European spadefoot toad

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European spadefoot toads
Temporal range: Late Jurassic – Recent[1]
Pelobates fuscus fuscus.jpg
Pelobates fuscus fuscus
Scientific classification
Kingdom: Animalia
Phylum: Chordata
Class: Amphibia
Order: Anura
Suborder: Mesobatrachia
Superfamily: Pelobatoidea
Family: Pelobatidae
Genus: Pelobates
Species

Pelobates cultripes
Pelobates fuscus
Pelobates syriacus
Pelobates varaldii

Pelobatidae range map.png
The distribution of extant pelobatids (in black).

The European spadefoot toads are a family of frogs, the Pelobatidae, with only one extant genus Pelobates, containing four species. They are native to Europe, the Mediterranean, northwestern Africa, and western Asia.

Description[edit]

The European spadefoot toads are small- to large-sized frogs, up to 10 cm (3.9 in) in length, which are often inconspicuously coloured. They are predominantly fossorial (burrowing) frogs, which burrow in sandy soils. They have hardened protrusions on their feet to aid in digging, which is the source of the common name. They will emerge from the ground during periods of rain and breed in pools, which are usually temporary.[2]

All of the species from this family have free-living, aquatic tadpoles. The eggs are laid in temporary ponds that may quickly evaporate, so tadpole stage is unusually brief, with rapid development to the adult form in as little as two weeks. To further speed their growth, some of the tadpoles are cannibalistic, eating their brood-mates to increase their supply of protein.[2]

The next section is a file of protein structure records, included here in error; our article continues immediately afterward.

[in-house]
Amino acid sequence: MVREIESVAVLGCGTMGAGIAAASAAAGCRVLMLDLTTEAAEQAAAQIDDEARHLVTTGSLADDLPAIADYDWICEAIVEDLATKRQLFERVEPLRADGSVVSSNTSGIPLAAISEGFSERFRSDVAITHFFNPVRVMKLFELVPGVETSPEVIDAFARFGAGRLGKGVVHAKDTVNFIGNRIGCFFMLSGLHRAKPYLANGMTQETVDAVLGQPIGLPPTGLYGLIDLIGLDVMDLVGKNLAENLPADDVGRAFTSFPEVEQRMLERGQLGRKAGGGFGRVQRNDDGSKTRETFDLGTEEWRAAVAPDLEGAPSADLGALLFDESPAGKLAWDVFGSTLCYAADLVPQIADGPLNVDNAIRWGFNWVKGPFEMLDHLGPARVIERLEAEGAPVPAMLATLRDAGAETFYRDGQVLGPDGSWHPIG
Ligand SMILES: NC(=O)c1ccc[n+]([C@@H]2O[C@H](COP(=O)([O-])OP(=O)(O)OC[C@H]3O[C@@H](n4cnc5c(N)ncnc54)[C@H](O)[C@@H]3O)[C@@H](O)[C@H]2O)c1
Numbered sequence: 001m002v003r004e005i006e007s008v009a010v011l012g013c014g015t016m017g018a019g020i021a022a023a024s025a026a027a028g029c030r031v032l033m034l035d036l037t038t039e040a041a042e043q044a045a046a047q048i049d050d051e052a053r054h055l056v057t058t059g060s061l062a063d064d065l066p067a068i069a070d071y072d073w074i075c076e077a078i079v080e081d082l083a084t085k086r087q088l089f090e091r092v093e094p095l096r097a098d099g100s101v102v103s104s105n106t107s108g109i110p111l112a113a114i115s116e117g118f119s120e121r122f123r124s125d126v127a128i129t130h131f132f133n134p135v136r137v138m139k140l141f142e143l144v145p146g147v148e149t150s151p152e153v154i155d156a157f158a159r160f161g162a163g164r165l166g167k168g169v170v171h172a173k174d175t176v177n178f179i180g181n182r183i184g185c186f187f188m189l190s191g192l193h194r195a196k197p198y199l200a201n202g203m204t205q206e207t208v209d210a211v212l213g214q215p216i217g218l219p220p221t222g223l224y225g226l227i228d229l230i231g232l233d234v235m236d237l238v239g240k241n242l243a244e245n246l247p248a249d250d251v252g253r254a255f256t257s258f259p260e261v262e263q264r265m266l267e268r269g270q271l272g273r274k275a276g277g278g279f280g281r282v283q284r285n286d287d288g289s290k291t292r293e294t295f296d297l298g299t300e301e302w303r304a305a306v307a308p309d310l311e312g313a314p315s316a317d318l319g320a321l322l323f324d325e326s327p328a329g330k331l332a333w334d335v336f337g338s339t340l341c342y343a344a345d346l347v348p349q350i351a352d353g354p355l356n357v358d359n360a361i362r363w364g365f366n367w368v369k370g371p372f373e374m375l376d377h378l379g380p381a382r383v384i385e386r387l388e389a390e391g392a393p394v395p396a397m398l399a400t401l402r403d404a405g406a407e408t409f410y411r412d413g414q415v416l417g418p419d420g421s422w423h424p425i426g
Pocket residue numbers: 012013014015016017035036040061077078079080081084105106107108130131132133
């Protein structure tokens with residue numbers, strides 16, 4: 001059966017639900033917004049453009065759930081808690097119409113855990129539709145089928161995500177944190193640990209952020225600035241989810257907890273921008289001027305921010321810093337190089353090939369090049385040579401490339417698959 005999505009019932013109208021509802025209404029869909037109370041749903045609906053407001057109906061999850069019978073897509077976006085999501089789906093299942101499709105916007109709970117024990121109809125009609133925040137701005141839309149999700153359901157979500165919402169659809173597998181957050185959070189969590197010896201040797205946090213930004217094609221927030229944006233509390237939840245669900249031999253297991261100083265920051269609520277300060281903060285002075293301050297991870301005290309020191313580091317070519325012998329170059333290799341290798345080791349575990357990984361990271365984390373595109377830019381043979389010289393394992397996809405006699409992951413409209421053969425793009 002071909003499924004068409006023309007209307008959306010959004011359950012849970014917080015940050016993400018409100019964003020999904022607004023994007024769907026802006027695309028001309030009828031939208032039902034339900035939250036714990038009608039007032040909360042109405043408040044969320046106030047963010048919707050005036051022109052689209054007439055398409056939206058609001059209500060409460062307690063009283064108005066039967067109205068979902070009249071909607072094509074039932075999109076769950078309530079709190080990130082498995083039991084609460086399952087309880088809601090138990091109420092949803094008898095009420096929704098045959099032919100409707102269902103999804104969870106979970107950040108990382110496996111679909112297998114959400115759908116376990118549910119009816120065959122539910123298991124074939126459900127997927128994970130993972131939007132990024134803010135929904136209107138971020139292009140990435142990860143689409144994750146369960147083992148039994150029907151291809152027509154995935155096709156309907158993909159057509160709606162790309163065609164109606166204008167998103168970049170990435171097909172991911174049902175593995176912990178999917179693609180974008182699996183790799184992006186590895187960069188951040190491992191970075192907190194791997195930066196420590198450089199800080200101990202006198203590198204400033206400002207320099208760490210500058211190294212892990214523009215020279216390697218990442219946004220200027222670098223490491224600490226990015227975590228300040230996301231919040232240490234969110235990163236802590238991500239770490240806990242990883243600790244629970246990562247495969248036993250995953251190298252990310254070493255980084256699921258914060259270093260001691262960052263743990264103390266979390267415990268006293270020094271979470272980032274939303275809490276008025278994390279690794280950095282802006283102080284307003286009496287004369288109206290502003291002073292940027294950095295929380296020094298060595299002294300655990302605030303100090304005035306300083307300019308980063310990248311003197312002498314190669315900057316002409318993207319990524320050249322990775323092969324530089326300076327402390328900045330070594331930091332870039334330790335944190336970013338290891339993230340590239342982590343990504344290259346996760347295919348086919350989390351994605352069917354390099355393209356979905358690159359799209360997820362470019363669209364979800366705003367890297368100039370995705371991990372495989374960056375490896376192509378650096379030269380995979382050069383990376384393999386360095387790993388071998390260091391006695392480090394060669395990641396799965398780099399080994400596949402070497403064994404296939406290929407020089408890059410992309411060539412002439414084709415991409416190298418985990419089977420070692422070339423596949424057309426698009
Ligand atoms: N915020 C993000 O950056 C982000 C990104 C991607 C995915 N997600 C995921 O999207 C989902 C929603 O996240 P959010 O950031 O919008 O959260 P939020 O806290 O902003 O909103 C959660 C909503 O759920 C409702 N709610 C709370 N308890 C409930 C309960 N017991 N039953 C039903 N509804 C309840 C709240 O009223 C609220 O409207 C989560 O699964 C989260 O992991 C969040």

Taxonomy[edit]

The seven species of American spadefoot toads (genera Scaphiopus and Spea) were previously also included into the Pelobatidae family, but are now generally regarded as the separate family Scaphiopodidae.

Family Pelobatidae

Fossils[edit]

The earliest fossil genus of pelobatids, Elkobatrachus, was described in 2006.[4]

In the Jurassic Morrison Formation, pelobatids are represented by the illium of an unnamed but indeterminate species.[1] This illium is larger than that of Enneabatrachus, a contemporary discoglossid species.[1] A specimen has been recovered from Quarry 9 of Como Bluff in Wyoming.[1] Pelobatids are present in stratigraphic zones 5 and 6 of the formation.[5]

Notes[edit]

  1. ^ a b c d Foster, J. (2007). "Pelobatidae indet." Jurassic West: The Dinosaurs of the Morrison Formation and Their World. Indiana University Press. p. 137.
  2. ^ a b Zweifel, Richard G. (1998). Cogger, H.G. & Zweifel, R.G., ed. Encyclopedia of Reptiles and Amphibians. San Diego: Academic Press. p. 88. ISBN 0-12-178560-2. 
  3. ^ Tron, François (2005). "The Eastern spadefoot Toad (Pelobates syriacus): A new amphibian species for Lebanon". Archived from the original on 4 August 2014. 
  4. ^ Henrici, Amy C.; Haynes, Simon R. (2006). "Elkobatrachus brocki, a new Pelobatid (Amphibia: Anura) from the Eocene Elko Formation of Nevada". Annals of Carnegie Museum 75 (1): 11-35. 
  5. ^ Foster, J. (2007). "Appendix." Jurassic West: The Dinosaurs of the Morrison Formation and Their World. Indiana University Press. pp. 327-329.

References[edit]

External links[edit]

Media related to Pelobates at Wikimedia Commons